Date formats are a source of much confusion for computer systems. Something like 10/11/12 is highly ambiguous as it can be interpreted as mm/dd/yy, or dd/mm/yy, or even yy/mm/dd.
We like the ISO date format yyyy-mm-dd because it is totally unambiguous. But we've programmed the regression tool to do its best to make sense of a variety of other formats as well. People from all over the world use Degree Days.net and we don't want to force them to change their spreadsheets any more than necessary before copy/pasting their data in.
So we suggest you try copy/pasting your data as it is. Our system will say if it can't make sense of it, and, if it interprets your dates wrong, you should be able to see from the table it displays immediately after you paste your data into the box.
If it's not working correctly, try changing the format of all your dates to yyyy-mm-dd. This is easy to do in Excel: select all the date cells, right-click, select "Format Cells...", then "Custom", type yyyy-mm-dd in the "Type:" box, and click "OK". If your original date format was a common one that you would expect to work automatically, please email us so we can see if there's a way we can improve the system.
If in doubt, just choose "Weighted", as it works well in all cases. Or read on for more information.
Day normalization is important for dealing with energy-usage data that has periods of different length (such as monthly data). The formulas below show the key difference between regressions that are day normalized and those that aren't:
With day normalization (weighted or unweighted):
y = a*HDD + c*days
y = b*CDD + c*days
y = a*HDD + b*CDD + c*days
Without day normalization:
y = a*HDD + c
y = b*CDD + c
y = a*HDD + b*CDD + c
y is the energy usage over the period in question;
HDD is the heating degree days over the period in question;
CDD is the cooling degree days over the period in question;
days is the length (in days) of the period in question;
a, b, and c, are regression coefficients (the regression tool calculates these)
Day-normalized regression formulas require you to plug in the length (in days) of the period that you want to calculate baseline-predicted energy consumption for. In contrast, regressions that aren't day normalized only work for periods of the same length as the periods in the original baseline data - that period length is effectively built into the constant coefficient (c) already.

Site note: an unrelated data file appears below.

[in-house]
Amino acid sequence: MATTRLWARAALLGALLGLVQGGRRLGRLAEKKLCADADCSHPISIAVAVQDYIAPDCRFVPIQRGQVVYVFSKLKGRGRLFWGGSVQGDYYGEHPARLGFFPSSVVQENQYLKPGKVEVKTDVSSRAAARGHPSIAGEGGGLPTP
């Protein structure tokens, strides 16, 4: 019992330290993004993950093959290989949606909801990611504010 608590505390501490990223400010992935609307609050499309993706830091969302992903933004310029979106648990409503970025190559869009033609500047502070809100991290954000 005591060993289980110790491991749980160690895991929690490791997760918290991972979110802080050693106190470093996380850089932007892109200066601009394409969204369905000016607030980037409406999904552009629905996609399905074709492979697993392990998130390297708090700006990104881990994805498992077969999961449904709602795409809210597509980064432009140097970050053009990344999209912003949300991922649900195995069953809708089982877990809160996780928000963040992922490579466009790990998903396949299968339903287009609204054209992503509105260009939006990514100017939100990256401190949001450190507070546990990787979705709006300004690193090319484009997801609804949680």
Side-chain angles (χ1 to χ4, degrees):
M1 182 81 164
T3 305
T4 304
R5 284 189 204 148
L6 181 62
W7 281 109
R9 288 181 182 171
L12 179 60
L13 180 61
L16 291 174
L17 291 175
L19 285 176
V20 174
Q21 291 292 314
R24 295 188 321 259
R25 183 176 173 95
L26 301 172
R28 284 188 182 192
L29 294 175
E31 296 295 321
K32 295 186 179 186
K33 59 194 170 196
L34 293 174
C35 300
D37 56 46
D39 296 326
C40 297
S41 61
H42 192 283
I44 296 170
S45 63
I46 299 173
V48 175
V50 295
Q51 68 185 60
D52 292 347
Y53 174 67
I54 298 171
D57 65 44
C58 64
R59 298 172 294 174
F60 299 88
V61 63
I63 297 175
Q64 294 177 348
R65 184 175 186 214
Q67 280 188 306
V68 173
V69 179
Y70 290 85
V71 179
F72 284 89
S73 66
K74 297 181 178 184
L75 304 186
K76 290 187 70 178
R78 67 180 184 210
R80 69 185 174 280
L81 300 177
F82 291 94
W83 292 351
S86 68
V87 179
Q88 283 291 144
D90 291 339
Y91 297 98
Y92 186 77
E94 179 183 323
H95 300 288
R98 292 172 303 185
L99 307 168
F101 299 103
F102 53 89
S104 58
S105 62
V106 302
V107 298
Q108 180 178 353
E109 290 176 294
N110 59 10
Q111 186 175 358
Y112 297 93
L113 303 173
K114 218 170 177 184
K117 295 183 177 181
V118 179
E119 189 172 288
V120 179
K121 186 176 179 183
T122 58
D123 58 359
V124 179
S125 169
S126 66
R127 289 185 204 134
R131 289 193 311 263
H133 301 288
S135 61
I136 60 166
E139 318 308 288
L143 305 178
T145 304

If your baseline data (what the regressions are calculated from) has periods that are all the same length (e.g. daily or weekly data), day normalization is not important. With such data, regression with weighted and unweighted day normalization will give the same results, and regression with no day normalization will give a constant coefficient (c) that is simply the period length (in days) multiplied by the constant coefficient given by day-normalized regression. The other coefficients (a and b) will be the same as those given by day-normalized regression.
However, day normalization is important for regressions from data with periods of different length, as it will improve the accuracy of the coefficients. The more variation there is in the period lengths, the more difference there will be in the calculated coefficients.
Weighted day normalization is the recommended option. It gives the best results for data with periods of different length, and the weighting makes no difference if the periods are all the same length. Longer periods effectively have a greater influence on the regression coefficients than shorter periods. The only real downside of weighted day-normalization is that it is very difficult to replicate in Excel. But, with our regression tool to run the regressions for you, that shouldn't be a problem. You don't need to actually run the regressions in Excel to be able to use the regression formulas that the regression tool gives you in Excel.
Unweighted day normalization - for data with periods of different length this is typically better than using no day-normalization at all, but it's not as good as the weighted option. It is, however, easy to replicate in Excel by regressing energy usage per day against degree days per day.
None - no day normalization at all. This works fine for data with periods that are all the same length, but not so well for data with periods of different length. We've included it as an option because, despite its inaccuracies, it is widely used, and it is easy to replicate in Excel (just regress energy usage against degree days).